Translation of imbecile in Spanish:


imbécil, n.

Pronunciation /ˈɪmbɪsiːl//ˈɪmbəsəl/


  • 1informal

    imbécil feminine informal
    (remark/action) (before noun) estúpido
    you imbecile! ¡imbécil!
    • The people who have been telling you about all the rights you have are simply exercising one of theirs - the right to be imbeciles.
    • The majority of new staff don't usually stay on for longer than a month, due to the fact that the place is run by an intolerable bunch of more-money-than-common-decency morons and imbeciles.
    • I don't think I'd be able to lose sleep over you pathetic imbeciles if I tried.
    • I find it extraordinary that our country is seemingly run by imbeciles (assuming I'm not breaking any laws by expressing this point of view).
    • Five hundred years ago, the Law did not recognise the right of a female to inherit, and, except in the case of some Arab and Eastern cultures, attributed to women the same rights as that of children and imbeciles.
    • Sometimes I wonder whether the world is being run by smart people who are putting us on or by imbeciles who really mean it
    • Or are you really raising a bunch of imbeciles in your house?
    • Labelled aments (literally ‘without mind’), idiots or imbeciles, they were dealt with in the same way as those who had lost their reason, by incarceration in the new nineteenth-century lunatic asylums.
    • Try ordering your chicken fingers now, imbeciles!
    • No matter what you call the mentally deficient, that term will come to be an insult when applied to people of ordinary intellectual capacity, and not long after it will be seen as an insult to the true idiots, imbeciles, and so forth.
    • Watching the sly but brilliant machinations of the programme - makers as they assembled their castaways, I was consumed with fury that these imbeciles were going to have the privilege of living on my island without appreciating it.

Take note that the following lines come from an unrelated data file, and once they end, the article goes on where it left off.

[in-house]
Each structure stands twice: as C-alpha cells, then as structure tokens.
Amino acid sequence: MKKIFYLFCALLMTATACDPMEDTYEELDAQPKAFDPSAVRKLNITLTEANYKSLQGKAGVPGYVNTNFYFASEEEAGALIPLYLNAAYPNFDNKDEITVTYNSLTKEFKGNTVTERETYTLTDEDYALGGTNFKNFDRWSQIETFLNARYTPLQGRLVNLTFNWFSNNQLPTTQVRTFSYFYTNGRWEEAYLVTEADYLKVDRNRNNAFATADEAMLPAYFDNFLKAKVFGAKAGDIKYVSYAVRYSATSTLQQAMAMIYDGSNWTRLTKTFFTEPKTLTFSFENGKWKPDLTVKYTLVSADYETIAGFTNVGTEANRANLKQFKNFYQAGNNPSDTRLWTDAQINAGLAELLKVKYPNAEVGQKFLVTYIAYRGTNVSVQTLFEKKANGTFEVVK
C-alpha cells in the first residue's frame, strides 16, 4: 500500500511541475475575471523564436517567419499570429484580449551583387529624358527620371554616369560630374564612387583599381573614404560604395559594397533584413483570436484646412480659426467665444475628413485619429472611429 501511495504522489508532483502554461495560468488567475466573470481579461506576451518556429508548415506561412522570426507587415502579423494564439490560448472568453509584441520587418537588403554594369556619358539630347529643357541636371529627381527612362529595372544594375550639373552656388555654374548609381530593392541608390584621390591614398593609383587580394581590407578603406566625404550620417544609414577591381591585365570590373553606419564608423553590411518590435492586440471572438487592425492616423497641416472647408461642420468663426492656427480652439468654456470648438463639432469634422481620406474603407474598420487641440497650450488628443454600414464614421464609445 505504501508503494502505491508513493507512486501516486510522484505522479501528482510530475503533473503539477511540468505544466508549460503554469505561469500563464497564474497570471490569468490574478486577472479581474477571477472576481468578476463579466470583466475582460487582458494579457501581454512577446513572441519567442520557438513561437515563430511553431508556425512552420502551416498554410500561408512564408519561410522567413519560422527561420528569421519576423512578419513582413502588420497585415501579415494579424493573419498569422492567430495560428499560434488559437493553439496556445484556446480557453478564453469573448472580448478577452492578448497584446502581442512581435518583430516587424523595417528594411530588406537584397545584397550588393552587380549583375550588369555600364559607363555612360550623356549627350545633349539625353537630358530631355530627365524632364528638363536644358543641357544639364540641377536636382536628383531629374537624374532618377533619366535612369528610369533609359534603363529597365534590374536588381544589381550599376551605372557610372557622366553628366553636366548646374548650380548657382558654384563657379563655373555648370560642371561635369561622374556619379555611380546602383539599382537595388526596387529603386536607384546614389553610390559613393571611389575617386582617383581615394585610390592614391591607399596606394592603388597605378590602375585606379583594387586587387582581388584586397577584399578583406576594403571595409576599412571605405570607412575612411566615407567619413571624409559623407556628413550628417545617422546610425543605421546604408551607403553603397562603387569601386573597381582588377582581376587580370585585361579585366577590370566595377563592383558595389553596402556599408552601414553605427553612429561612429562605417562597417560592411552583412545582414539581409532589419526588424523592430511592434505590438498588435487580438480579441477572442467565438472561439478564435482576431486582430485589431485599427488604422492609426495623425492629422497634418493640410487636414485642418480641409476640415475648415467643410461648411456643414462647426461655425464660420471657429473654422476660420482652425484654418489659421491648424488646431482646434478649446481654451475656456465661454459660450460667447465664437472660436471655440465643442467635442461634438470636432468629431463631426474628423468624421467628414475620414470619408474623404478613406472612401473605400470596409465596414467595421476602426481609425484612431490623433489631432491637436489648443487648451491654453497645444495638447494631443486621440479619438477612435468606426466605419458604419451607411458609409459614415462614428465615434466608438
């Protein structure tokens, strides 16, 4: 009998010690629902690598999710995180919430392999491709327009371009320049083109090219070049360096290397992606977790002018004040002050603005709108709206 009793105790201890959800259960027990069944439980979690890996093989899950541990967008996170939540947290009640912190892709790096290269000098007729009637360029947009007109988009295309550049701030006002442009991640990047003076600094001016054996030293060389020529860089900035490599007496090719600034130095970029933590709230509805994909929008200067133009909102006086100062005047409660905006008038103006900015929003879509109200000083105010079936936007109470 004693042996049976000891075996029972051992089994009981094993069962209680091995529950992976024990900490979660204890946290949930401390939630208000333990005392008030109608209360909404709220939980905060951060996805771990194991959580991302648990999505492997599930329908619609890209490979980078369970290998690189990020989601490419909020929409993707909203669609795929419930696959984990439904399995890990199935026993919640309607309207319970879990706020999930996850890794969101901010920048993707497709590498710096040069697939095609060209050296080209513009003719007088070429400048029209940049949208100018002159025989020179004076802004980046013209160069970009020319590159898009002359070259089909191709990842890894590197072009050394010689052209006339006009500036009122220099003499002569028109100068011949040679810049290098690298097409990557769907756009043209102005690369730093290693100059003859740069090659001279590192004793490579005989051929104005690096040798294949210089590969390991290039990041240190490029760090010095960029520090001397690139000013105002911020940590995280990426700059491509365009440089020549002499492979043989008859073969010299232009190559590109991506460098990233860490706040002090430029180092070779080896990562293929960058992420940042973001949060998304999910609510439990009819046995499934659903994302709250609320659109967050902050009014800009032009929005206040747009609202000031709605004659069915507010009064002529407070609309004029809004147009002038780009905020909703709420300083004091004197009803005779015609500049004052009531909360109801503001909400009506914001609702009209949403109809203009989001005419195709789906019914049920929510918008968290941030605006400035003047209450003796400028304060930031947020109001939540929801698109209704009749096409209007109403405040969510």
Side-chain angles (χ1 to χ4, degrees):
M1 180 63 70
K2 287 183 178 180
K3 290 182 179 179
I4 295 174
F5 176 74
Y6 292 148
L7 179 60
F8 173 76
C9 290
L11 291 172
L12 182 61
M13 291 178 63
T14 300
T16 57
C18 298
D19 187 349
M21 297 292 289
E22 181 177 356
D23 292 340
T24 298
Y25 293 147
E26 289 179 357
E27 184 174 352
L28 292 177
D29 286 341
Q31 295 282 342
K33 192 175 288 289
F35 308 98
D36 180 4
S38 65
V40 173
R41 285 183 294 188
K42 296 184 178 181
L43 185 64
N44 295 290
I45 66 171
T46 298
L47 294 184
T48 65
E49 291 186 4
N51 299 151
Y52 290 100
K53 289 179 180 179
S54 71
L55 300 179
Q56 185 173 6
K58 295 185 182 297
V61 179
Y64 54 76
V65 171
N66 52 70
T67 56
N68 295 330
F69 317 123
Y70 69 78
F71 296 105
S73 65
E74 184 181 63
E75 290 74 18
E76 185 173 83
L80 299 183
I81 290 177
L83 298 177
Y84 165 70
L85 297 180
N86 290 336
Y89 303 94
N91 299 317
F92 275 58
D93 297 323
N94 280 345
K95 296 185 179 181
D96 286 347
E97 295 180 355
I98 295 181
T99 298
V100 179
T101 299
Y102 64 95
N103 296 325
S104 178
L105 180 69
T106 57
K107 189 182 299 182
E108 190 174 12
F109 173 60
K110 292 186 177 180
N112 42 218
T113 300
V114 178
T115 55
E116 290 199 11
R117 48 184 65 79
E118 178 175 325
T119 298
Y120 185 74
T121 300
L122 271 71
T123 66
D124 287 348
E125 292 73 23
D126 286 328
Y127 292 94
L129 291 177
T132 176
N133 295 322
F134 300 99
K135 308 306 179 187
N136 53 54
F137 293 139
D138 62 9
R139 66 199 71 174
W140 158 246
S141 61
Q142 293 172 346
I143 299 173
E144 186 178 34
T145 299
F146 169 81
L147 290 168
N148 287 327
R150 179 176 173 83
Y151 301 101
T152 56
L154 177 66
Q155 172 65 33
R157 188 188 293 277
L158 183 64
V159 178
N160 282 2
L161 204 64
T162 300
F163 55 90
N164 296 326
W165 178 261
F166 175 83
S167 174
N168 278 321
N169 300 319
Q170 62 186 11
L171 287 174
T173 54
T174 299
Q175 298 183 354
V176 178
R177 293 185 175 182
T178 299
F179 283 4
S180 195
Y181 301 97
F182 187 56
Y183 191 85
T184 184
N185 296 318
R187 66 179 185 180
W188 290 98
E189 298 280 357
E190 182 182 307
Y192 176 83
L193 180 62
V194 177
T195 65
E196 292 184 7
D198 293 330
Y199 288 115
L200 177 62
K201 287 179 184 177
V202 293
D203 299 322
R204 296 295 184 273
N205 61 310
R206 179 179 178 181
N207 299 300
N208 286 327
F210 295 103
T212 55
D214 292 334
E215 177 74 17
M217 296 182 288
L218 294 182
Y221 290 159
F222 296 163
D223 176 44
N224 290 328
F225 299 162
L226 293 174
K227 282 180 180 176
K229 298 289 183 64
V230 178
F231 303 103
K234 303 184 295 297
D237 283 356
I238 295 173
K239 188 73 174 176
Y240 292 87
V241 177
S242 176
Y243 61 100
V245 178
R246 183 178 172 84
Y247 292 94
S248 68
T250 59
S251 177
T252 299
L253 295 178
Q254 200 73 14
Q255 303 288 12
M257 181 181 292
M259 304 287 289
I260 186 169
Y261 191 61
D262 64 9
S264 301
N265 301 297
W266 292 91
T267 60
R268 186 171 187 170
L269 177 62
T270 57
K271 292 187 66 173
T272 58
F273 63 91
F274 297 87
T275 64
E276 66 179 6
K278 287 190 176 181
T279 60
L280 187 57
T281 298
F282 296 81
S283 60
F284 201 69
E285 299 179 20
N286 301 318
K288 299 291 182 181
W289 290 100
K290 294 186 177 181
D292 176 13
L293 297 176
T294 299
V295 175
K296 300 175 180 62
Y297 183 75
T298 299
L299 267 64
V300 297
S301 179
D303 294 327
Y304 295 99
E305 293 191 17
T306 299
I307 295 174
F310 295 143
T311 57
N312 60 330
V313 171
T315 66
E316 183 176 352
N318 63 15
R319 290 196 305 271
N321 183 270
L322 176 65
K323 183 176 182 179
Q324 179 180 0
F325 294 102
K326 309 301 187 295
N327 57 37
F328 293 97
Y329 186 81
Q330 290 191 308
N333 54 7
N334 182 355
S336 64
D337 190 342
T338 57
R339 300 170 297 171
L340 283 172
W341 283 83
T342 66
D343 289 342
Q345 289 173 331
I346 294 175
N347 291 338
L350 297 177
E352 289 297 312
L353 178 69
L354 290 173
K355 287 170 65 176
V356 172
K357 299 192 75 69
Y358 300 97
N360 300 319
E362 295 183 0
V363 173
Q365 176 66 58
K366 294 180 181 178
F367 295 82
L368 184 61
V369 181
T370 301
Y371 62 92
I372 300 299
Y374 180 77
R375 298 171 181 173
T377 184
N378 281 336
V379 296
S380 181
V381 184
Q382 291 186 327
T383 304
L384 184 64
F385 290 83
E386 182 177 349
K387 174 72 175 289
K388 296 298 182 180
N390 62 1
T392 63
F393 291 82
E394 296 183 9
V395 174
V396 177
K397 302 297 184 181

• I can hardly believe I share a country with these imbeciles.
    • In the Eighteenth Century, imbeciles but not idiots could be executed for capital offenses.
    • He even goes as far as to proclaim that we are foolish, imbeciles, insane and lunatics, if that what his term ‘idiocy’ translates as.
    • We're doing this because bloggers provide a waste to the internet, an amassing of imbeciles who think they deserve to be heard, and think people actually care.
    • The 1901 census revealed that more than 13,000 people were living in asylums, officially classed as lunatics or imbeciles.
    • How am I ever going to learn to talk if I'm surrounded by imbeciles?
    • Such people, said the out-of-sight narrator, were known variously as idiots, imbeciles or the feeble-minded, and lumped in together with the genuinely intellectually handicapped.
    • Have we become a nation of obese imbeciles too sated with our diet of consumerism, television and self-indulgence to care who is pulling the strings at the top?
    • What we resent is the deplorable, but democratic, success of junk culture and junk food, and of a political system which seems to be run by corrupt imbeciles.
  • 2dated

    imbécil masculine dated offensive